THE ART OF STARMAN
Memory is a funny thing.
Looking at the “Starman Omnibus” today, I notice that Tony Harris’ art isn’t as refined as I thought it was. At the time, it was solid stuff. As the years pass by, that memory cemented itself into my brain. But when presented with the issues again, I see more of the flaws. Some of this is due to the hazy glow of my younger years of comics reading and potentially even the easier-to-remember copycat crappy art that was so prevalent at the time. Those copycats made work like Harris’ look revolutionary. I also think there’s a chunk of that reaction that stems from being a more mature comics reader, with a better idea of what makes for good storytelling, perspective, anatomy, ink line, etc. I’m not saying I’m an expert, mind you, but these are books that came out before I started writing this column and examining my comics in a completely different way every week.
I remembered and enjoyed seeing again the way Harris would often draw a line a little longer than it needed to be, not caring that it would hang in mid-air. Take a look at a profile of a face, and you’ll often see a line flying off a character’s nose or jaw. It’s a slightly sketchier look. It reveals, perhaps, a bit of the construction that went into the art. It’s a stylistic choice that I like it to this day, maybe because it’s not a tic that other artists ever copied. I also liked that he would occasionally use DuoTone in the artwork, something that was fast fading in comics by then. The last work that I remember using it regularly was John Byrne’s “Namor.” That goes back to 1991 or so. The advances in coloring made the use of such tricks redundant.
There are, however, variances in the art that I didn’t remember. Harris has some weird forced perspective things going on, where heads and hands often look far too large in relation to everything else in the scene. I can’t tell you right now if that was a stylistic choice or not. Was Harris emulating a 3D effect and trying to draw a hand in the foreground far larger than the head a foot behind it in order to force a more three-dimensional look? Was he trying to do a bit of the forced perspective so popular in the “hot” comics of the day? Was it just sloppiness, or the rigors of a monthly deadline? I don’t know.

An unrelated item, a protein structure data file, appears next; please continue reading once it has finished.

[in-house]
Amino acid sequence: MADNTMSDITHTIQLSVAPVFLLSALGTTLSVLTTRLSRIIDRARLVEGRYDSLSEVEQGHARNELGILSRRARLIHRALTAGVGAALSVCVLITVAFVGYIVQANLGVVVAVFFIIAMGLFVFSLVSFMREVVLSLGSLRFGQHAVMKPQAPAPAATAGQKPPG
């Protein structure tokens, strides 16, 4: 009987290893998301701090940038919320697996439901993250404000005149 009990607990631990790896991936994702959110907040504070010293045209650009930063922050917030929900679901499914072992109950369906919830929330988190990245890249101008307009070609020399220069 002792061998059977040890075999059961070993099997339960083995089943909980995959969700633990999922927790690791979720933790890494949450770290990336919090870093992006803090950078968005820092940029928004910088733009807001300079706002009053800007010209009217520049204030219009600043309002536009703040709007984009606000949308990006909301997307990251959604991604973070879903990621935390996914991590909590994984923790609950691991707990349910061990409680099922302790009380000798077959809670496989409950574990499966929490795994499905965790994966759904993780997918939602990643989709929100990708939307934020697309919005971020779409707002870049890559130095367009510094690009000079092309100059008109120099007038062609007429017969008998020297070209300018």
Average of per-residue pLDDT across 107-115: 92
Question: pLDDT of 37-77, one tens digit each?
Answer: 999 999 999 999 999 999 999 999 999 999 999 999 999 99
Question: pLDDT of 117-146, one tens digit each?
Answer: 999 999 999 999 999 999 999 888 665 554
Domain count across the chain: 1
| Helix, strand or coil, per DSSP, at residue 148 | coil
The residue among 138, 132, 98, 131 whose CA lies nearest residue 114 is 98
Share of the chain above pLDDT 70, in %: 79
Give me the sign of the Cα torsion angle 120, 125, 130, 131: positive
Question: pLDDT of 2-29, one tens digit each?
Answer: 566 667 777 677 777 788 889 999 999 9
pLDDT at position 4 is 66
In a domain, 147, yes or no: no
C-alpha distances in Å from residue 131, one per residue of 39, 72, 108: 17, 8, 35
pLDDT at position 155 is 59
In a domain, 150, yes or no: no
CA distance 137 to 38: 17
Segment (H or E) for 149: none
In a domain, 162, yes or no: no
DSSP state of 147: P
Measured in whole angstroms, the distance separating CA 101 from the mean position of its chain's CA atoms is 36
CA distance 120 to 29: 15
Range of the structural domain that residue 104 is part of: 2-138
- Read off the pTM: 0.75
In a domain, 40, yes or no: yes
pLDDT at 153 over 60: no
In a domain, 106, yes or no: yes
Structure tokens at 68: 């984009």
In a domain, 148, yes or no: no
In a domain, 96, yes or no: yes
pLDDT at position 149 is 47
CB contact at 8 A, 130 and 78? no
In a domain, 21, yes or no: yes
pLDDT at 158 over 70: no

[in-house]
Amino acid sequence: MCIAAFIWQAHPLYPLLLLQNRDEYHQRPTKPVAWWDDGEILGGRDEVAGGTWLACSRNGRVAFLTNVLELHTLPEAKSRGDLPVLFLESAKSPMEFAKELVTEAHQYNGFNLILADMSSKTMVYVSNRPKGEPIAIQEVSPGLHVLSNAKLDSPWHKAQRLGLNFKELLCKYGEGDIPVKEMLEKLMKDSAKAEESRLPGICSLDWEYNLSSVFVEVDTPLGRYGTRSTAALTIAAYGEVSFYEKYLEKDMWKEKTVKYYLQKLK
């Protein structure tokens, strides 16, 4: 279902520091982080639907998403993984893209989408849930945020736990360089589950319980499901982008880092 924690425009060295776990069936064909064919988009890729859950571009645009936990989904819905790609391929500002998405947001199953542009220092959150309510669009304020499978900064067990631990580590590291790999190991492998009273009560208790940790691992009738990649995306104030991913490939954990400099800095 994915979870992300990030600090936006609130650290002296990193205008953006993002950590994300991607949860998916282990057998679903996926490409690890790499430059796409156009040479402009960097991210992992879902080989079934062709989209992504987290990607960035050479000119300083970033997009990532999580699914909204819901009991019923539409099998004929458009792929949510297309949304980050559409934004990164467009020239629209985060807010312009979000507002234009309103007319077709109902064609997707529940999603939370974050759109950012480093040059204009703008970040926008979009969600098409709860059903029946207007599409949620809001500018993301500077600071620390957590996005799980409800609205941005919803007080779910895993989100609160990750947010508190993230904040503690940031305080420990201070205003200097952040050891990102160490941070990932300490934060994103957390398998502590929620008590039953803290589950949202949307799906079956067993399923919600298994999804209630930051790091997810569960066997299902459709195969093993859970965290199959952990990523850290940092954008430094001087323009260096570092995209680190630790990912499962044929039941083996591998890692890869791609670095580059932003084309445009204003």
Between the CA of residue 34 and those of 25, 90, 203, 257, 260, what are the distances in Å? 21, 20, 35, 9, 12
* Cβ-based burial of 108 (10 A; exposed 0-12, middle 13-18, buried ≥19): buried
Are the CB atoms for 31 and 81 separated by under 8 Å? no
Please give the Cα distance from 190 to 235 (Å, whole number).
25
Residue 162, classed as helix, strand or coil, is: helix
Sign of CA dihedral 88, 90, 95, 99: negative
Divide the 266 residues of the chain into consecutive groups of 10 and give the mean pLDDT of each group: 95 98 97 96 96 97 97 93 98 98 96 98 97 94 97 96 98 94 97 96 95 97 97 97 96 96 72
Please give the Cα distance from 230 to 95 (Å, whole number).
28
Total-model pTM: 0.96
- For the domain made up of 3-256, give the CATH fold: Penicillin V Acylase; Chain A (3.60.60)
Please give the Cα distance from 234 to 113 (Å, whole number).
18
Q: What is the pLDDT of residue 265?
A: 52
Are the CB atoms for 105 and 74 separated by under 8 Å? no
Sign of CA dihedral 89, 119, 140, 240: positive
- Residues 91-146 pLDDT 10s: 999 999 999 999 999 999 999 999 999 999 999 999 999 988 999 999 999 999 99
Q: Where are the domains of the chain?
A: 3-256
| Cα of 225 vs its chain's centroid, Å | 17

This style is a far cry from Harris’ style of today, as seen in “Ex Machina” or the recently-concluded Spider-Man mini-series, “With Great Power.” They’re far more obviously photo-referenced. You can see the photo refs in “Starman,” but they serve more as an actual reference than a basis for the art. It’s more cartooning in there, with added energy and motion and exaggeration. “Ex Machina” is a beautiful book with a definite style of its own, but there is an overall stiffness to the title from the art.
It’s more than just the people that Harris draws in “Starman” that helps the book stand out. Opal City is treated as a real character of its own in the book, and Harris does an amazing job in giving the city a distinctive art deco look, without looking like a copy of Anton Furst’s “Batman” movie designs (“Dark Deco”) that found their way into the Batman titles of the late 80s and into the 90s. This is more art deco with sunshine. That look carries through into the clothes the characters wear and the interior decorating of the apartments, houses, and offices we see in these issues. It’s very consistent, and nice to see. It’s a strength of the DC Universe to have fictional cities, when they can be used so stylishly.